Anesthesiology, Perioperative and Pain Medicine

Martin Angst, MD

Freedom of Choice

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Dr. Martin Angst
            Although he’s a devoted wine enthusiast, Dr. Martin Angst can’t tell you his favorite kind of wine. “It really depends on the time of the year, my mood, the food,” he explains. Founder and director of the Human Pain Laboratory and an associate professor of anesthesia, Dr. Angst approaches his research with a similarly open-minded attitude. Founded in 1995, the Pain Lab partners with members of industry and researchers in genomics, molecular biology and bioinformatics to explore a wide array of biological aspects relevant to the relief of human pain.

Dr. Angst’s research interests include the accurate pharmacological characterization of novel analgesic compounds with a focus on early proof of effectiveness, the link between the genome and individual responsiveness to analgesics, and identification of specific biomarkers useful for the diagnosis and treatment of pain.

            Currently, the lab is conducting a clinical experimental study in 125 pairs of twins investigating the relative contributions of the genome and the environment in determining individual responsiveness to opioid pain therapy. “We have hints that inheritance may actually be quite significant,” says Dr. Angst. “If that is so, then you can start to dissect the genome and ask what aspects of the genome are relevant.”

            After completing his medical training in Switzerland and working for six months as a rescue medic, Dr. Angst came to Stanford in 1994to pursue a fellowship in clinical pharmacology. Along with his faculty advisor Dr. Barry Dick, Dr. Angst began conducting studies using small numbers of human volunteers in a lab setting to develop methods for reliably quantifying pain and pain relief in response to analgesics. The pair was able to demonstrate that their methods produced quantitative, well-controlled and reliable data. “The idea was to take some of the rigor of bench-side research and apply it to human biology,” explains Dr. Angst.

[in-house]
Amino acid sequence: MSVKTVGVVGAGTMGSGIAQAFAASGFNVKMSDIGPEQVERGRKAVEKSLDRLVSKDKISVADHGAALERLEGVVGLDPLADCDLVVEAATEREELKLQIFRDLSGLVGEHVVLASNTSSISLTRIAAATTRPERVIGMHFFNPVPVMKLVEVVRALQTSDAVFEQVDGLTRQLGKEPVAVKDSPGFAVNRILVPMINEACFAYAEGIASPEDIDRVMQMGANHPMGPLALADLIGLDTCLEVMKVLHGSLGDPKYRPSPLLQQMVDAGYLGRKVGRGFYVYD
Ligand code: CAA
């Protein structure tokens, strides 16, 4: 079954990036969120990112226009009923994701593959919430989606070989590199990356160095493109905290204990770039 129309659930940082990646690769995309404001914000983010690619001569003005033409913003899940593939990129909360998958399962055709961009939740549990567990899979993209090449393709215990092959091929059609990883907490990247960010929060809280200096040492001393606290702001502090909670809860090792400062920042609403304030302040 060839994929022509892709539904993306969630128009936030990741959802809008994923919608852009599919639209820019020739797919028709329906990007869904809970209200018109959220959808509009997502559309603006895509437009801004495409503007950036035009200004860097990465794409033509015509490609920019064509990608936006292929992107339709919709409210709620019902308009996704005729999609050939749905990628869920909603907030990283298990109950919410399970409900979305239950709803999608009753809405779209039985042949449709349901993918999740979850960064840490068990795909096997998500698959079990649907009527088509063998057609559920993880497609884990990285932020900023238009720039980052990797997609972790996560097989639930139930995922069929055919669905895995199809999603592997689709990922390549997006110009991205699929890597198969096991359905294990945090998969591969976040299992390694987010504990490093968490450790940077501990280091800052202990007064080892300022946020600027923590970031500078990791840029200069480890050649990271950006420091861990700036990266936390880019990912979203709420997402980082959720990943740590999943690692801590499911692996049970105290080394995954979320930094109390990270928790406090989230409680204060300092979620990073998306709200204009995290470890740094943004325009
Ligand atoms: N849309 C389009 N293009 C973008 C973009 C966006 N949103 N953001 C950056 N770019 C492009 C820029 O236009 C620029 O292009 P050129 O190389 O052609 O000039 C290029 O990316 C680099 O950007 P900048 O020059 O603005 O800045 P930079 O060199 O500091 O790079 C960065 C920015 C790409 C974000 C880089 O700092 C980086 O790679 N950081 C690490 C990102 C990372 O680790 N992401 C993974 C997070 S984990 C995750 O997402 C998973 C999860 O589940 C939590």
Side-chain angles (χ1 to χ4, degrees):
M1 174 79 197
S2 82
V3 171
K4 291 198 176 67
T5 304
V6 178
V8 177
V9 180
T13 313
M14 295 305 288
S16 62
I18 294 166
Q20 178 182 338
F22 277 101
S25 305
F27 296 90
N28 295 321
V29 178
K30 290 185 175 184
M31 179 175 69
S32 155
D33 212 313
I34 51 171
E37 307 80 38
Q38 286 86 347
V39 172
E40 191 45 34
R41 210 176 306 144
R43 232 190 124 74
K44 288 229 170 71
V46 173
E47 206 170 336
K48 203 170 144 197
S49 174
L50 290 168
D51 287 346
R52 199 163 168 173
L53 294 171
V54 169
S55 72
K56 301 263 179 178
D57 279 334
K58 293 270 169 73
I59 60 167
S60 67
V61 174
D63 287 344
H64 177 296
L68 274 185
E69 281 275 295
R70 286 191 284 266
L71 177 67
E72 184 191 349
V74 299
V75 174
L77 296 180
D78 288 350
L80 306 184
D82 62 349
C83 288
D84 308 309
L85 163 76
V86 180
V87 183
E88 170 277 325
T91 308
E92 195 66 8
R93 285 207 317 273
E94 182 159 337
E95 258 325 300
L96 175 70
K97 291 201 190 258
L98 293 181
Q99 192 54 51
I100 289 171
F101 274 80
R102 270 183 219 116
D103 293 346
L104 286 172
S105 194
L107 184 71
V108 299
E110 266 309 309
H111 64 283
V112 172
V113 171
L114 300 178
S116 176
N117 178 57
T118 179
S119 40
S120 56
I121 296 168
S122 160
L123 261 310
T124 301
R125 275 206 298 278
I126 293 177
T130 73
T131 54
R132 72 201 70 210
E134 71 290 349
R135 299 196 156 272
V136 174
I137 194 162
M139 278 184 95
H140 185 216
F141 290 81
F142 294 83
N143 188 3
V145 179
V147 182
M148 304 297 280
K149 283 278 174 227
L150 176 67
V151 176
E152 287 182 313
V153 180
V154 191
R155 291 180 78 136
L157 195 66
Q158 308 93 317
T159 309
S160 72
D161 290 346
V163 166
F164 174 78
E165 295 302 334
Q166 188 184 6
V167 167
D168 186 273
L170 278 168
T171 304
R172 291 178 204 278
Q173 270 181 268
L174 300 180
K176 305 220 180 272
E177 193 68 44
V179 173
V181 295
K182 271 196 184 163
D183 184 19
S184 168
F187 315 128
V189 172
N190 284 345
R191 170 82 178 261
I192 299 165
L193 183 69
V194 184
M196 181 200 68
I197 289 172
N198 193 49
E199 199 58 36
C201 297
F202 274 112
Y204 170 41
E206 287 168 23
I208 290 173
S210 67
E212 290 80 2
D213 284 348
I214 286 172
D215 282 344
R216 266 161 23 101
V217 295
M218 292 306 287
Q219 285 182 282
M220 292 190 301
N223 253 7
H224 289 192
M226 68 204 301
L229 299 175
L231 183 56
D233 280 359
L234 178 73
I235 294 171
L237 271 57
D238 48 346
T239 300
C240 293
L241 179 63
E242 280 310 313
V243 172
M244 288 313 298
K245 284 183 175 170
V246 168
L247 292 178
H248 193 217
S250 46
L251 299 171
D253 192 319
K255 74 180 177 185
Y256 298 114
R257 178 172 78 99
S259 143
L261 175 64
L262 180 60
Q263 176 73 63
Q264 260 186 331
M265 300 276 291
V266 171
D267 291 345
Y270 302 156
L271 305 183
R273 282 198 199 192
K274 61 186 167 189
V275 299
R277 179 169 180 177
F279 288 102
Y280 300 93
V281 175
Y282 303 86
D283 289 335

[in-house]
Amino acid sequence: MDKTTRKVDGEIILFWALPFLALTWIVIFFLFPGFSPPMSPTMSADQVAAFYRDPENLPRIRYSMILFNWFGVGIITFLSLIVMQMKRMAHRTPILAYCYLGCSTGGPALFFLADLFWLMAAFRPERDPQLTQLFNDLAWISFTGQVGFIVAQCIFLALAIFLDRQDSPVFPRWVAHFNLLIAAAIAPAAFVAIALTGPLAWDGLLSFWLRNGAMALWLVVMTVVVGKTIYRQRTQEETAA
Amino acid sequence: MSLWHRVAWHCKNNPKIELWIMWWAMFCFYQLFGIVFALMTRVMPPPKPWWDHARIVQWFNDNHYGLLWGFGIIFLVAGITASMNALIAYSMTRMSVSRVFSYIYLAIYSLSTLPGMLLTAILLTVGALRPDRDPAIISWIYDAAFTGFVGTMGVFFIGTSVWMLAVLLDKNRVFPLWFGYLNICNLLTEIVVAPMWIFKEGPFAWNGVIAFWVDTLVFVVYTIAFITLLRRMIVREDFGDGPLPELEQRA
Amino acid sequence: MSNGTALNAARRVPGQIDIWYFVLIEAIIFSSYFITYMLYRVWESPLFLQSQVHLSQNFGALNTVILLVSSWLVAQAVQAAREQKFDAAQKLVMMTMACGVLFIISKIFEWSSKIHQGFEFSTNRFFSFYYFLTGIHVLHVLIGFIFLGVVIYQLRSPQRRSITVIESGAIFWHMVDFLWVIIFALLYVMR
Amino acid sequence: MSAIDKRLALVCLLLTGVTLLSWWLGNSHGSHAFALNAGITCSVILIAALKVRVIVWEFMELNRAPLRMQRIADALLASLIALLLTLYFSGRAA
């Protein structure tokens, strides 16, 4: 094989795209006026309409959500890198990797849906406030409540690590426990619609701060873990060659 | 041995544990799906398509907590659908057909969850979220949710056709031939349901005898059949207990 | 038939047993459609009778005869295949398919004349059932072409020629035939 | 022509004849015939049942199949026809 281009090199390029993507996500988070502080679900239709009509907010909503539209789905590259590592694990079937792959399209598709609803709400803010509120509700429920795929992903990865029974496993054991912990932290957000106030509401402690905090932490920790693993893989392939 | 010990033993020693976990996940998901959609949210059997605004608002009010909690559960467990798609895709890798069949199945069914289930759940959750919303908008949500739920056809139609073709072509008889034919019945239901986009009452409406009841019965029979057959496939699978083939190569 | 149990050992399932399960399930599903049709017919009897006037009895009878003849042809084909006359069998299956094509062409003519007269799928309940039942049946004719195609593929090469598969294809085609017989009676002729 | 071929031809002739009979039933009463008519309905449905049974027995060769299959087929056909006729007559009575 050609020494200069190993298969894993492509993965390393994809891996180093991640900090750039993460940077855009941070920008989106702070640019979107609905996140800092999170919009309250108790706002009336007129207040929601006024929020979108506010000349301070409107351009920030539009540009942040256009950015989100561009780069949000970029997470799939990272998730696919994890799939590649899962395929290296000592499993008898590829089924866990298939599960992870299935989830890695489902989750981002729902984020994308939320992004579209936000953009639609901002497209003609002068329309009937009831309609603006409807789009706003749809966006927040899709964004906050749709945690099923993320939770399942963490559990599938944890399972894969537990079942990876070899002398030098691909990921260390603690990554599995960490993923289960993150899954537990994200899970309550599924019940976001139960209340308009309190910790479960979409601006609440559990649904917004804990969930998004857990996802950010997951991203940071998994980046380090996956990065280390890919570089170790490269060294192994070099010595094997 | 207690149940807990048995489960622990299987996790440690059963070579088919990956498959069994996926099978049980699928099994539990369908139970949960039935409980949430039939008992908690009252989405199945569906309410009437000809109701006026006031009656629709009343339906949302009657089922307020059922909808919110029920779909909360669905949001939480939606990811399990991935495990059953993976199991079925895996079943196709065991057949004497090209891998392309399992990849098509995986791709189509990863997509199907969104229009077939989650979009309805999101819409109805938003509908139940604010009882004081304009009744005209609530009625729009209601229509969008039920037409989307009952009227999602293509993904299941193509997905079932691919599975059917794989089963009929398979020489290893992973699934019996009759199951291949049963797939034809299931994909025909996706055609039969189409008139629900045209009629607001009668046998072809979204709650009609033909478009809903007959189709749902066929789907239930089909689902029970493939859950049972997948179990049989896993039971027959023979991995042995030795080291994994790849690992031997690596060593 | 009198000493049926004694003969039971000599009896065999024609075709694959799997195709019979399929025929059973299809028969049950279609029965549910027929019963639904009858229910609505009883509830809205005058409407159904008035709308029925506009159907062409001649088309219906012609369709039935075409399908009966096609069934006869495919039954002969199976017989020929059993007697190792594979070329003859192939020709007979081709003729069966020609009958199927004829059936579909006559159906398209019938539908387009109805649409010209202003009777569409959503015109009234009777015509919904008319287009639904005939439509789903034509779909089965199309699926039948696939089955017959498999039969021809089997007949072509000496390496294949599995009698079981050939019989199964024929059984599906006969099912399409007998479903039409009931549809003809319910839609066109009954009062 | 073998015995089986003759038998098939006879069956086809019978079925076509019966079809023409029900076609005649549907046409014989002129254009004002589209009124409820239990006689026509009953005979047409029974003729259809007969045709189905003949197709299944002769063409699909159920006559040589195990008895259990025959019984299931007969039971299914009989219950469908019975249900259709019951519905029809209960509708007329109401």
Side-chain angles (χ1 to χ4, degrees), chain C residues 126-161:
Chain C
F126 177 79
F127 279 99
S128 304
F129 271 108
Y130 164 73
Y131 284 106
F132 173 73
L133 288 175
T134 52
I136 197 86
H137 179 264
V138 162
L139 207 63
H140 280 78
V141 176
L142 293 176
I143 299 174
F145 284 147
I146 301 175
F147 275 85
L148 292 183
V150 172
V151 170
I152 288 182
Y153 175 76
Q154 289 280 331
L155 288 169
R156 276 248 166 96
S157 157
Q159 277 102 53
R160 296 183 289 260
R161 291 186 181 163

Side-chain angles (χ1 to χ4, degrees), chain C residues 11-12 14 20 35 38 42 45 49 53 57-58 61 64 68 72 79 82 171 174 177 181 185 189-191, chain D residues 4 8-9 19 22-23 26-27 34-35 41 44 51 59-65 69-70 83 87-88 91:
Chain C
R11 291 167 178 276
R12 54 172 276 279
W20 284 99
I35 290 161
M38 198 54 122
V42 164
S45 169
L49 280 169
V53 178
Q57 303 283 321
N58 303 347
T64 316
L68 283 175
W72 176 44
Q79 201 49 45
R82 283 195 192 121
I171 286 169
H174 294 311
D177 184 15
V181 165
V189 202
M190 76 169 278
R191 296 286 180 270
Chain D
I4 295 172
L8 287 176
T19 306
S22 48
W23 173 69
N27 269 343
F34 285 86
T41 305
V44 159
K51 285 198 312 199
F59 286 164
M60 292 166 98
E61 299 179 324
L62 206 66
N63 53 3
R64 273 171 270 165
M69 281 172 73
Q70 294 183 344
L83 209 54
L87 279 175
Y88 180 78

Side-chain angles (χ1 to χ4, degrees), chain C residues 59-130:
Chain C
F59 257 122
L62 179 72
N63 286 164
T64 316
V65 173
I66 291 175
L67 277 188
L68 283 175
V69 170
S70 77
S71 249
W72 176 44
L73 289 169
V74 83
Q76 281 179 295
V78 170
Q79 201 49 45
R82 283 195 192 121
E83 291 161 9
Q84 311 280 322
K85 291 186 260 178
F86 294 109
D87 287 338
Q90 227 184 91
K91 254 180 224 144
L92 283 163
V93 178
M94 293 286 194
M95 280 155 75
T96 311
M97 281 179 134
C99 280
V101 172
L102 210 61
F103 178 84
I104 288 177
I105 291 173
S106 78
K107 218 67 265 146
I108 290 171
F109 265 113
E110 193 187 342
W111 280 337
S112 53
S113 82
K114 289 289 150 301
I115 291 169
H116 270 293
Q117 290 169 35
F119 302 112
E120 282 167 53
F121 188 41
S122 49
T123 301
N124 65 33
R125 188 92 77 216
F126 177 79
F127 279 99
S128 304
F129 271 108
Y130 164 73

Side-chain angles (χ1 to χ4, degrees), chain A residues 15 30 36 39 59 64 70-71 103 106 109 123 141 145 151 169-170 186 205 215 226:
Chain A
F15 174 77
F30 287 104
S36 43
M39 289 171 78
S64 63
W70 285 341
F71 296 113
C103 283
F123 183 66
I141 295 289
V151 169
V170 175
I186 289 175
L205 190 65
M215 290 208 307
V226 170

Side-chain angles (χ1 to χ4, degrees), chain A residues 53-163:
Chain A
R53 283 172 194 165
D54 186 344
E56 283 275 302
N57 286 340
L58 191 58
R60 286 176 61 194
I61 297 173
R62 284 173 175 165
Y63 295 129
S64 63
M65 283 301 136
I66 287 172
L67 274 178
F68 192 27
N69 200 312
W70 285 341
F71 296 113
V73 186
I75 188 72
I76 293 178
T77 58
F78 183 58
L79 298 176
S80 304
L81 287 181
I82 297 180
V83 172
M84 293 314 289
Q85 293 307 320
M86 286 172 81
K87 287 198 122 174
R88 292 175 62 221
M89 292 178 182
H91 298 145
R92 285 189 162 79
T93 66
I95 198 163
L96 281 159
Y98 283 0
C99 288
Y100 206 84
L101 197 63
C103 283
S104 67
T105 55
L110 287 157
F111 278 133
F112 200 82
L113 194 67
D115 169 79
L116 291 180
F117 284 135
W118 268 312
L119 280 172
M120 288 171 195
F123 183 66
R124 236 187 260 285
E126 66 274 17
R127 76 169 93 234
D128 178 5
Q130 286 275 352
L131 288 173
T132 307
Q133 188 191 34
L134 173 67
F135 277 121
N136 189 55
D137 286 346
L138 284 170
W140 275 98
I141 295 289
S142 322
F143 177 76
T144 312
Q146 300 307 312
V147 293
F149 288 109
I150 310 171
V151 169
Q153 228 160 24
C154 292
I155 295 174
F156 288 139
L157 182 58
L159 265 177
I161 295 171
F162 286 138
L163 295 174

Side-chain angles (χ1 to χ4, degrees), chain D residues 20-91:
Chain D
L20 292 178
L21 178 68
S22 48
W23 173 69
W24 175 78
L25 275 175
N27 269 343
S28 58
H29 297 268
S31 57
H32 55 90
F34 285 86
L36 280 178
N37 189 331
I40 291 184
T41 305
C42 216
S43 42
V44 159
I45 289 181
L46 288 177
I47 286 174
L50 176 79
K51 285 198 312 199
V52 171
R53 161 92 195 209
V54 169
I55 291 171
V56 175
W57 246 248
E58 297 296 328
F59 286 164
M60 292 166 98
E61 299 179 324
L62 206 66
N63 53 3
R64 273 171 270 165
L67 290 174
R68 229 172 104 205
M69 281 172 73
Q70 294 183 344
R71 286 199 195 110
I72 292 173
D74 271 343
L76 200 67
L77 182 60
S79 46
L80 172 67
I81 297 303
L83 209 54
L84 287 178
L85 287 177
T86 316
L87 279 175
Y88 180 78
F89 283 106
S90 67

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In the laboratory

Since then, Dr. Angst has pushed the envelope on developing more sophisticated experimental pain paradigms for the comprehensive pharmacological characterization of analgesic drugs. He is fascinated by the complexity of the body’s response to pain and medications. According to Dr. Angst, when he started as a student, the medical community largely assumed that a drug could do one of two things: block or stimulate a receptor. “Now we understand that when we intervene at the level of a receptor, we have to take into account that the system may respond beyond the events at a particular receptor system,” he explains.

            In other words, sometimes the body does not behave as one would expect it to. “The nervous system is very plastic, and exerts changing and dynamic response over time in ways that are quite poorly understood,” says Dr. Angst. A systems-based approach to understanding pain medication is crucial to optimizing pain therapy in individual patients.

            Although Dr. Angst claims that it was “serendipity” that he ended up at Stanford instead of in Switzerland, he asserts that the environment here has proven ideal for his free-spirited approach to research. “Stanford allows you to have visions and research fantasies and to pursue them and there will be hardly anybody who will tell you it’s too crazy,” he says. “The intellectual freedom is probably my favorite thing about Stanford.”


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